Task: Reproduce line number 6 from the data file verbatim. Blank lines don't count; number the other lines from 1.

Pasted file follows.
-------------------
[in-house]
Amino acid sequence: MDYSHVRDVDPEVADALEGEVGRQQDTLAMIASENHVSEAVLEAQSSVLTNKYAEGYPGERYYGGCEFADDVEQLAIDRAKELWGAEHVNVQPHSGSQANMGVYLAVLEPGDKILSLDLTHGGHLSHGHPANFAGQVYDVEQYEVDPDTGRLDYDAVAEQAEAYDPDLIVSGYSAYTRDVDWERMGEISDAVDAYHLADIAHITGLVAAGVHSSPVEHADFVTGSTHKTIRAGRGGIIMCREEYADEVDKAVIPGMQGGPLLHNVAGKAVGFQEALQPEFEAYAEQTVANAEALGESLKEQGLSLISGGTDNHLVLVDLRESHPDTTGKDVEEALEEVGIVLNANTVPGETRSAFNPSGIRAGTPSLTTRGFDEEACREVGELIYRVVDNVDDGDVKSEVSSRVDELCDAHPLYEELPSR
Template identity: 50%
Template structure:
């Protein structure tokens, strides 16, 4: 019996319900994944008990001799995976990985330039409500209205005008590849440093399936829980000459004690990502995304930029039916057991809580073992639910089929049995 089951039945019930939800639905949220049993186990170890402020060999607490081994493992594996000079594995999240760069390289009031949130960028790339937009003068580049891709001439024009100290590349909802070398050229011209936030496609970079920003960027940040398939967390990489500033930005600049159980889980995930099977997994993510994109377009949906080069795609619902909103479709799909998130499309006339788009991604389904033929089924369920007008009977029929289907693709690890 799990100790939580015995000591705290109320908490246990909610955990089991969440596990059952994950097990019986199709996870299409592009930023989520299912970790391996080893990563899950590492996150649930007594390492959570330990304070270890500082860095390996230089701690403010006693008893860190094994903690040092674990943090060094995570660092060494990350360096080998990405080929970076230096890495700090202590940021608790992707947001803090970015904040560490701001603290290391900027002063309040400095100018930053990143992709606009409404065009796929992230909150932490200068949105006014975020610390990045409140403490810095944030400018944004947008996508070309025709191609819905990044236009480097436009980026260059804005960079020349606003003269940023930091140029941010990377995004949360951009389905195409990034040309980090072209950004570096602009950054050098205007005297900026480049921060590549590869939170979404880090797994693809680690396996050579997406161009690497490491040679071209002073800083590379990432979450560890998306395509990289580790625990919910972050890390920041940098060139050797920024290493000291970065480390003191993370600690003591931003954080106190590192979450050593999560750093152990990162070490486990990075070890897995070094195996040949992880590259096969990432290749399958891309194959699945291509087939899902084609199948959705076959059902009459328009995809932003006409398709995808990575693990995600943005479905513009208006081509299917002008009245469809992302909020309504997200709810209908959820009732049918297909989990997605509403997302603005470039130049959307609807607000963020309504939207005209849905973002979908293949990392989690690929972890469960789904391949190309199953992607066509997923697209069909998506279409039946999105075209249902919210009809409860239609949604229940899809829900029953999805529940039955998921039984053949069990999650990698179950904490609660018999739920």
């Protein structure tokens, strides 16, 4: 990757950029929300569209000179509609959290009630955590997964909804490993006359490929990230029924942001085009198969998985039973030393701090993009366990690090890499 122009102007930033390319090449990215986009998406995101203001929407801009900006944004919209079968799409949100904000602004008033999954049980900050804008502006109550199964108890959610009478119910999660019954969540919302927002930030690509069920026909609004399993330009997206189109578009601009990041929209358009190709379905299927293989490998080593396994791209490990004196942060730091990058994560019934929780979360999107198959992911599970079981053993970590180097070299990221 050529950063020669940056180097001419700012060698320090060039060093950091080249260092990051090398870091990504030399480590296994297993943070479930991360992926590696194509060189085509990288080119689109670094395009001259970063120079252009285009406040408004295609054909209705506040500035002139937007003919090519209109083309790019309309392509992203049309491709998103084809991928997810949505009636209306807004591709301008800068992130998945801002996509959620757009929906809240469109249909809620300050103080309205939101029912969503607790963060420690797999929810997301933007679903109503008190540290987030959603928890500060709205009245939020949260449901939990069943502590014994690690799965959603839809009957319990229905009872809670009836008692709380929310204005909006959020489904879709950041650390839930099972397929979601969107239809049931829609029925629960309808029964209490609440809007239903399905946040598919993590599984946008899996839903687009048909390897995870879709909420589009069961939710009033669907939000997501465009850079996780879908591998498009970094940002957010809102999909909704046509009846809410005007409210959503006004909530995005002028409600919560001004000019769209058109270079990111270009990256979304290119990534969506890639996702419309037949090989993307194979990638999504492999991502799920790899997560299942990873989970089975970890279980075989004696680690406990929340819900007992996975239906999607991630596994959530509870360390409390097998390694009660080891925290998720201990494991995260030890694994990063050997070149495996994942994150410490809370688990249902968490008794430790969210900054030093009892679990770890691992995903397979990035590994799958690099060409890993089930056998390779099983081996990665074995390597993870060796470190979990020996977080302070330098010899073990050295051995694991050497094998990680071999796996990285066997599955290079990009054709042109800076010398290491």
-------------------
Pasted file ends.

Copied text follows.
């Protein structure tokens, strides 16, 4: 990757950029929300569209000179509609959290009630955590997964909804490993006359490929990230029924942001085009198969998985039973030393701090993009366990690090890499 122009102007930033390319090449990215986009998406995101203001929407801009900006944004919209079968799409949100904000602004008033999954049980900050804008502006109550199964108890959610009478119910999660019954969540919302927002930030690509069920026909609004399993330009997206189109578009601009990041929209358009190709379905299927293989490998080593396994791209490990004196942060730091990058994560019934929780979360999107198959992911599970079981053993970590180097070299990221 050529950063020669940056180097001419700012060698320090060039060093950091080249260092990051090398870091990504030399480590296994297993943070479930991360992926590696194509060189085509990288080119689109670094395009001259970063120079252009285009406040408004295609054909209705506040500035002139937007003919090519209109083309790019309309392509992203049309491709998103084809991928997810949505009636209306807004591709301008800068992130998945801002996509959620757009929906809240469109249909809620300050103080309205939101029912969503607790963060420690797999929810997301933007679903109503008190540290987030959603928890500060709205009245939020949260449901939990069943502590014994690690799965959603839809009957319990229905009872809670009836008692709380929310204005909006959020489904879709950041650390839930099972397929979601969107239809049931829609029925629960309808029964209490609440809007239903399905946040598919993590599984946008899996839903687009048909390897995870879709909420589009069961939710009033669907939000997501465009850079996780879908591998498009970094940002957010809102999909909704046509009846809410005007409210959503006004909530995005002028409600919560001004000019769209058109270079990111270009990256979304290119990534969506890639996702419309037949090989993307194979990638999504492999991502799920790899997560299942990873989970089975970890279980075989004696680690406990929340819900007992996975239906999607991630596994959530509870360390409390097998390694009660080891925290998720201990494991995260030890694994990063050997070149495996994942994150410490809370688990249902968490008794430790969210900054030093009892679990770890691992995903397979990035590994799958690099060409890993089930056998390779099983081996990665074995390597993870060796470190979990020996977080302070330098010899073990050295051995694991050497094998990680071999796996990285066997599955290079990009054709042109800076010398290491």